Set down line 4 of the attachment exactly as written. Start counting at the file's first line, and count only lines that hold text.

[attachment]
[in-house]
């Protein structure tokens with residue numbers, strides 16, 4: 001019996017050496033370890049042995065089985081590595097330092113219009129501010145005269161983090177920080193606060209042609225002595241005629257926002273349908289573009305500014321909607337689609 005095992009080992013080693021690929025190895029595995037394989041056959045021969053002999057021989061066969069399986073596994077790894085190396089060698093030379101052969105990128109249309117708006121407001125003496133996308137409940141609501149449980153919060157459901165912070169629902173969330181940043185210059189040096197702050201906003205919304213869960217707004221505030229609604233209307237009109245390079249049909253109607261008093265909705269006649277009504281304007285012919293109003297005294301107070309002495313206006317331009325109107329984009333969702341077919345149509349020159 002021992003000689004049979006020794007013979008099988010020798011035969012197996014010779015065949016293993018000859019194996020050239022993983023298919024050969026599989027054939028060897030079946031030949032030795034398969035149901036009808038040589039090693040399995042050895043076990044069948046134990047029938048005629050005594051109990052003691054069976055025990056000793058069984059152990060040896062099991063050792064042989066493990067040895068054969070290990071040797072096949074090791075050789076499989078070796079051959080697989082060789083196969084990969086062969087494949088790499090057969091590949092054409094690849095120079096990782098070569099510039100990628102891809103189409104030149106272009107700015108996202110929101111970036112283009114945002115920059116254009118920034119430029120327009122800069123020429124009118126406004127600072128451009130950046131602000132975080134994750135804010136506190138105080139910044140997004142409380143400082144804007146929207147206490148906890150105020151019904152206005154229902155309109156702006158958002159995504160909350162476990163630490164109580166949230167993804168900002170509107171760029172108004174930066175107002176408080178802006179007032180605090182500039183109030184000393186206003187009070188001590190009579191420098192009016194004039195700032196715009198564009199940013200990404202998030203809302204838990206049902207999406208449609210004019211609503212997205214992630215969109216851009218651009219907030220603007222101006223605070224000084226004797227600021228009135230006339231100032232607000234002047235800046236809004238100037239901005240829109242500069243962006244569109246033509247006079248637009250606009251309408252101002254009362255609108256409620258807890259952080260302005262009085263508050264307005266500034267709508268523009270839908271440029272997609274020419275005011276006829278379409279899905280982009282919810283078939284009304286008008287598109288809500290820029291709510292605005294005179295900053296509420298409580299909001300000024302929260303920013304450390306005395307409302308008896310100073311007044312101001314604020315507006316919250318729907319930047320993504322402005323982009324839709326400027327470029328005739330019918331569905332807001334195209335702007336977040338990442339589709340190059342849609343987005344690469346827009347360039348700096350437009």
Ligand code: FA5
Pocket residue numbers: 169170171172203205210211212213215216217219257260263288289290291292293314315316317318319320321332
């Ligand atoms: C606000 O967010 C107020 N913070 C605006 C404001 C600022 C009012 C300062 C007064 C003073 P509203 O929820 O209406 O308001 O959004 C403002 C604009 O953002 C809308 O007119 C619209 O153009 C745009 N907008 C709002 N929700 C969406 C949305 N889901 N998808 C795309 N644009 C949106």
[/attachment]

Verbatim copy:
Pocket residue numbers: 169170171172203205210211212213215216217219257260263288289290291292293314315316317318319320321332